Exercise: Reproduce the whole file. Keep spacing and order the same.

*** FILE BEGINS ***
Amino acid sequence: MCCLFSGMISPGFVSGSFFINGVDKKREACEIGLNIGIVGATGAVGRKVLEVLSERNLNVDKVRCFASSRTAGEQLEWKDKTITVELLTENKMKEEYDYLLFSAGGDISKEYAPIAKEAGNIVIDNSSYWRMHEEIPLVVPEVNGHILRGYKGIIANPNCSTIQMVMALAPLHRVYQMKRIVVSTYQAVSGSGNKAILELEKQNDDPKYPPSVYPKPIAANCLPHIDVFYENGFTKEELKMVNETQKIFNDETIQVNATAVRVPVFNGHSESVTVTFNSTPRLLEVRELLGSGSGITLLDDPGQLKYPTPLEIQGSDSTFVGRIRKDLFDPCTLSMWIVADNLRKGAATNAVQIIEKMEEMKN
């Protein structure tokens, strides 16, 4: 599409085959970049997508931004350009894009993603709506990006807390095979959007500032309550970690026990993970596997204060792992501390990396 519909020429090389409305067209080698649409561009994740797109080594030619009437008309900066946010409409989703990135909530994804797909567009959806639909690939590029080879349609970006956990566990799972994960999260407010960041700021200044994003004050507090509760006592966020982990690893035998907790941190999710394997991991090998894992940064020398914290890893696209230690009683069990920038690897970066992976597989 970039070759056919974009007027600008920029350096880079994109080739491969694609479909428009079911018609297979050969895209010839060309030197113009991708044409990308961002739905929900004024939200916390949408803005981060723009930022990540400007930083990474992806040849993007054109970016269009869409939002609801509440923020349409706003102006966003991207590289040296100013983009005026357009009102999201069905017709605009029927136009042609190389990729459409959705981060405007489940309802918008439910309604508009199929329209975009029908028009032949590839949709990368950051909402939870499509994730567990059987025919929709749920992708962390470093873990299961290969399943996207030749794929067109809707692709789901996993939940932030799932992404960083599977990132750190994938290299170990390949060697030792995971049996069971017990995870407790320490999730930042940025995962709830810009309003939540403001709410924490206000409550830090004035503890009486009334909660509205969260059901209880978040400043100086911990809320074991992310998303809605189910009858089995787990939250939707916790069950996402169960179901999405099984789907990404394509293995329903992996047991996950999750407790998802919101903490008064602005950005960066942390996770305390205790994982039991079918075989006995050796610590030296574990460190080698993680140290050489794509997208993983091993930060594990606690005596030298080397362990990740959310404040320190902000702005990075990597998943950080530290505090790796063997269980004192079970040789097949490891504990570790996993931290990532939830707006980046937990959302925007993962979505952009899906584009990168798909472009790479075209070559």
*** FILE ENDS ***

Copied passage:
Amino acid sequence: MCCLFSGMISPGFVSGSFFINGVDKKREACEIGLNIGIVGATGAVGRKVLEVLSERNLNVDKVRCFASSRTAGEQLEWKDKTITVELLTENKMKEEYDYLLFSAGGDISKEYAPIAKEAGNIVIDNSSYWRMHEEIPLVVPEVNGHILRGYKGIIANPNCSTIQMVMALAPLHRVYQMKRIVVSTYQAVSGSGNKAILELEKQNDDPKYPPSVYPKPIAANCLPHIDVFYENGFTKEELKMVNETQKIFNDETIQVNATAVRVPVFNGHSESVTVTFNSTPRLLEVRELLGSGSGITLLDDPGQLKYPTPLEIQGSDSTFVGRIRKDLFDPCTLSMWIVADNLRKGAATNAVQIIEKMEEMKN
């Protein structure tokens, strides 16, 4: 599409085959970049997508931004350009894009993603709506990006807390095979959007500032309550970690026990993970596997204060792992501390990396 519909020429090389409305067209080698649409561009994740797109080594030619009437008309900066946010409409989703990135909530994804797909567009959806639909690939590029080879349609970006956990566990799972994960999260407010960041700021200044994003004050507090509760006592966020982990690893035998907790941190999710394997991991090998894992940064020398914290890893696209230690009683069990920038690897970066992976597989 970039070759056919974009007027600008920029350096880079994109080739491969694609479909428009079911018609297979050969895209010839060309030197113009991708044409990308961002739905929900004024939200916390949408803005981060723009930022990540400007930083990474992806040849993007054109970016269009869409939002609801509440923020349409706003102006966003991207590289040296100013983009005026357009009102999201069905017709605009029927136009042609190389990729459409959705981060405007489940309802918008439910309604508009199929329209975009029908028009032949590839949709990368950051909402939870499509994730567990059987025919929709749920992708962390470093873990299961290969399943996207030749794929067109809707692709789901996993939940932030799932992404960083599977990132750190994938290299170990390949060697030792995971049996069971017990995870407790320490999730930042940025995962709830810009309003939540403001709410924490206000409550830090004035503890009486009334909660509205969260059901209880978040400043100086911990809320074991992310998303809605189910009858089995787990939250939707916790069950996402169960179901999405099984789907990404394509293995329903992996047991996950999750407790998802919101903490008064602005950005960066942390996770305390205790994982039991079918075989006995050796610590030296574990460190080698993680140290050489794509997208993983091993930060594990606690005596030298080397362990990740959310404040320190902000702005990075990597998943950080530290505090790796063997269980004192079970040789097949490891504990570790996993931290990532939830707006980046937990959302925007993962979505952009899906584009990168798909472009790479075209070559």